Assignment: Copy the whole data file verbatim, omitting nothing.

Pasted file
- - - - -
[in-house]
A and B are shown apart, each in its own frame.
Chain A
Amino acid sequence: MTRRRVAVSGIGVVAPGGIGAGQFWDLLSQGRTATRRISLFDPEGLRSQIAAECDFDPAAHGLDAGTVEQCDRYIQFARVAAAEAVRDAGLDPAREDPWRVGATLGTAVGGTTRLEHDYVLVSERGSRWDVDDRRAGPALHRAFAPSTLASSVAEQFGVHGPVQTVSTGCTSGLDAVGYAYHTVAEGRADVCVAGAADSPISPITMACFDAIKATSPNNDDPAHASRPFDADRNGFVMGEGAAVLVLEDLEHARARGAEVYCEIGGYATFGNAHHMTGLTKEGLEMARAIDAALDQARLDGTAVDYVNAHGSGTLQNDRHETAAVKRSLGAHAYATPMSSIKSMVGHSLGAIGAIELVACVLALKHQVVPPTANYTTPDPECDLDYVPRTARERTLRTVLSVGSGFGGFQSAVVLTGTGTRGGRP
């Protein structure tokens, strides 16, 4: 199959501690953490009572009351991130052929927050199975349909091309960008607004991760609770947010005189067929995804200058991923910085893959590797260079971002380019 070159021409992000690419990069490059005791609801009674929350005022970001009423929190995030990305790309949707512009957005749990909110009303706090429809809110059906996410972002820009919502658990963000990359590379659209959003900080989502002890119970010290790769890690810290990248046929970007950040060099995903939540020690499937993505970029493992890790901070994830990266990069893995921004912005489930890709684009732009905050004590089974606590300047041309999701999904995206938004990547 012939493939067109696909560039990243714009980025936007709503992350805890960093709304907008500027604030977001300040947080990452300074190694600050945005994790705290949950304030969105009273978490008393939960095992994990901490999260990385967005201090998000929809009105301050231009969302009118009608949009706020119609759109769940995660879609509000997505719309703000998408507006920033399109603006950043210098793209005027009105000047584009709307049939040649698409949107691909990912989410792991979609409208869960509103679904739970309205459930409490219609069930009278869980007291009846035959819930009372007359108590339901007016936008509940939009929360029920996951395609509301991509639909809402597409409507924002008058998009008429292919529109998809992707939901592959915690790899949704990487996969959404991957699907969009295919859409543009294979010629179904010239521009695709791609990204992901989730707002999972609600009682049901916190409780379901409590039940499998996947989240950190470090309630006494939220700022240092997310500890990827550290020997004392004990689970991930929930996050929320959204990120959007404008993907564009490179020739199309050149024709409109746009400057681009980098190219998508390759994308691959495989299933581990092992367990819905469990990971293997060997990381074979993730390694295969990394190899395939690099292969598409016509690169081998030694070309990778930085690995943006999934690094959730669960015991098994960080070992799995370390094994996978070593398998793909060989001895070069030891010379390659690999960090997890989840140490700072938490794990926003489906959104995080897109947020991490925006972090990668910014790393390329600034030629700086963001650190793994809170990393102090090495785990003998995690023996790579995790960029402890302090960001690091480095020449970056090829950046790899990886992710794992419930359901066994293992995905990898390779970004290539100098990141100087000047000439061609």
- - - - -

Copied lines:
[in-house]
A and B are shown apart, each in its own frame.
Chain A
Amino acid sequence: MTRRRVAVSGIGVVAPGGIGAGQFWDLLSQGRTATRRISLFDPEGLRSQIAAECDFDPAAHGLDAGTVEQCDRYIQFARVAAAEAVRDAGLDPAREDPWRVGATLGTAVGGTTRLEHDYVLVSERGSRWDVDDRRAGPALHRAFAPSTLASSVAEQFGVHGPVQTVSTGCTSGLDAVGYAYHTVAEGRADVCVAGAADSPISPITMACFDAIKATSPNNDDPAHASRPFDADRNGFVMGEGAAVLVLEDLEHARARGAEVYCEIGGYATFGNAHHMTGLTKEGLEMARAIDAALDQARLDGTAVDYVNAHGSGTLQNDRHETAAVKRSLGAHAYATPMSSIKSMVGHSLGAIGAIELVACVLALKHQVVPPTANYTTPDPECDLDYVPRTARERTLRTVLSVGSGFGGFQSAVVLTGTGTRGGRP
């Protein structure tokens, strides 16, 4: 199959501690953490009572009351991130052929927050199975349909091309960008607004991760609770947010005189067929995804200058991923910085893959590797260079971002380019 070159021409992000690419990069490059005791609801009674929350005022970001009423929190995030990305790309949707512009957005749990909110009303706090429809809110059906996410972002820009919502658990963000990359590379659209959003900080989502002890119970010290790769890690810290990248046929970007950040060099995903939540020690499937993505970029493992890790901070994830990266990069893995921004912005489930890709684009732009905050004590089974606590300047041309999701999904995206938004990547 012939493939067109696909560039990243714009980025936007709503992350805890960093709304907008500027604030977001300040947080990452300074190694600050945005994790705290949950304030969105009273978490008393939960095992994990901490999260990385967005201090998000929809009105301050231009969302009118009608949009706020119609759109769940995660879609509000997505719309703000998408507006920033399109603006950043210098793209005027009105000047584009709307049939040649698409949107691909990912989410792991979609409208869960509103679904739970309205459930409490219609069930009278869980007291009846035959819930009372007359108590339901007016936008509940939009929360029920996951395609509301991509639909809402597409409507924002008058998009008429292919529109998809992707939901592959915690790899949704990487996969959404991957699907969009295919859409543009294979010629179904010239521009695709791609990204992901989730707002999972609600009682049901916190409780379901409590039940499998996947989240950190470090309630006494939220700022240092997310500890990827550290020997004392004990689970991930929930996050929320959204990120959007404008993907564009490179020739199309050149024709409109746009400057681009980098190219998508390759994308691959495989299933581990092992367990819905469990990971293997060997990381074979993730390694295969990394190899395939690099292969598409016509690169081998030694070309990778930085690995943006999934690094959730669960015991098994960080070992799995370390094994996978070593398998793909060989001895070069030891010379390659690999960090997890989840140490700072938490794990926003489906959104995080897109947020991490925006972090990668910014790393390329600034030629700086963001650190793994809170990393102090090495785990003998995690023996790579995790960029402890302090960001690091480095020449970056090829950046790899990886992710794992419930359901066994293992995905990898390779970004290539100098990141100087000047000439061609």